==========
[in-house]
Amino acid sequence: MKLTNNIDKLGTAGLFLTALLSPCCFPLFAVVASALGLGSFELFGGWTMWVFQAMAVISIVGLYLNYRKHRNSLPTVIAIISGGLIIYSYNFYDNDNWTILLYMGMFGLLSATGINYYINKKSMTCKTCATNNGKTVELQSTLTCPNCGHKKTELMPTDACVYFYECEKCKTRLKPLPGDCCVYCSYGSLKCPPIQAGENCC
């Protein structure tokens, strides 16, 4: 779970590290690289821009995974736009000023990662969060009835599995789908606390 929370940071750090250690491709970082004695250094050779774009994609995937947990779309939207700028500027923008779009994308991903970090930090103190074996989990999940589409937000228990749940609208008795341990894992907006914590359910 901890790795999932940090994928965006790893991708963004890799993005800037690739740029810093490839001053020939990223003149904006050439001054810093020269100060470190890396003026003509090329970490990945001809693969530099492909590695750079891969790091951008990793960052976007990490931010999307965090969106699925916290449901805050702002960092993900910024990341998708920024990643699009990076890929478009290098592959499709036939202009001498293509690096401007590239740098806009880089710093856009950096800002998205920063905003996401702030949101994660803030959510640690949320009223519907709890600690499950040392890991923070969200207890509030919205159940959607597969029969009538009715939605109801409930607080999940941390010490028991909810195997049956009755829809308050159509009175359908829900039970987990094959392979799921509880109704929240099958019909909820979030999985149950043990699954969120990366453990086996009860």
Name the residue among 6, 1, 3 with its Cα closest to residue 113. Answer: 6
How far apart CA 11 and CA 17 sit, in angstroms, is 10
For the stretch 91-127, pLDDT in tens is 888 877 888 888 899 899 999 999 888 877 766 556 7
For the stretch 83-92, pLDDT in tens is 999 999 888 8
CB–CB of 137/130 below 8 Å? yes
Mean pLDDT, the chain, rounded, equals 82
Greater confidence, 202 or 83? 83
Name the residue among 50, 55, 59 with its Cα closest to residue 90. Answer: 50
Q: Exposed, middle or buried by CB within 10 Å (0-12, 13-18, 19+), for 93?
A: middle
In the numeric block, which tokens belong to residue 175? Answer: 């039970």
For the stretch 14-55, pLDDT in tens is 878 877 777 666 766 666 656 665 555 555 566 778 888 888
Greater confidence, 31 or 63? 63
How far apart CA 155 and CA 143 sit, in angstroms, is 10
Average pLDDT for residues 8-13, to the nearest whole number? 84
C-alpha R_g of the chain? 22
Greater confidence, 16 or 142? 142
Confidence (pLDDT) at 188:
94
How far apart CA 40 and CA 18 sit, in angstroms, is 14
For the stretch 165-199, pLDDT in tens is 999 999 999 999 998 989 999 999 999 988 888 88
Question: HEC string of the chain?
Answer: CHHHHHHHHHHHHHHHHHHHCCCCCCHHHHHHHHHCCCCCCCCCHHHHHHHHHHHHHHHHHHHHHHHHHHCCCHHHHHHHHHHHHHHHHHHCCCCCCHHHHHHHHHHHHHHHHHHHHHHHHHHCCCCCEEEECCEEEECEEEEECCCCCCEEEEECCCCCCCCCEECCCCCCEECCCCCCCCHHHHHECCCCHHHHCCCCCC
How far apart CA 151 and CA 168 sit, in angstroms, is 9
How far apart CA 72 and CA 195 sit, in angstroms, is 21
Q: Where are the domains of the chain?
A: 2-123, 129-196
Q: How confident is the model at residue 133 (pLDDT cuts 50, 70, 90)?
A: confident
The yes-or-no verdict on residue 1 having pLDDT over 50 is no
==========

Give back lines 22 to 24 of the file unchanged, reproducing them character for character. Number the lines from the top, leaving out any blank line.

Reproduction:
94
How far apart CA 40 and CA 18 sit, in angstroms, is 14
For the stretch 165-199, pLDDT in tens is 999 999 999 999 998 989 999 999 999 988 888 88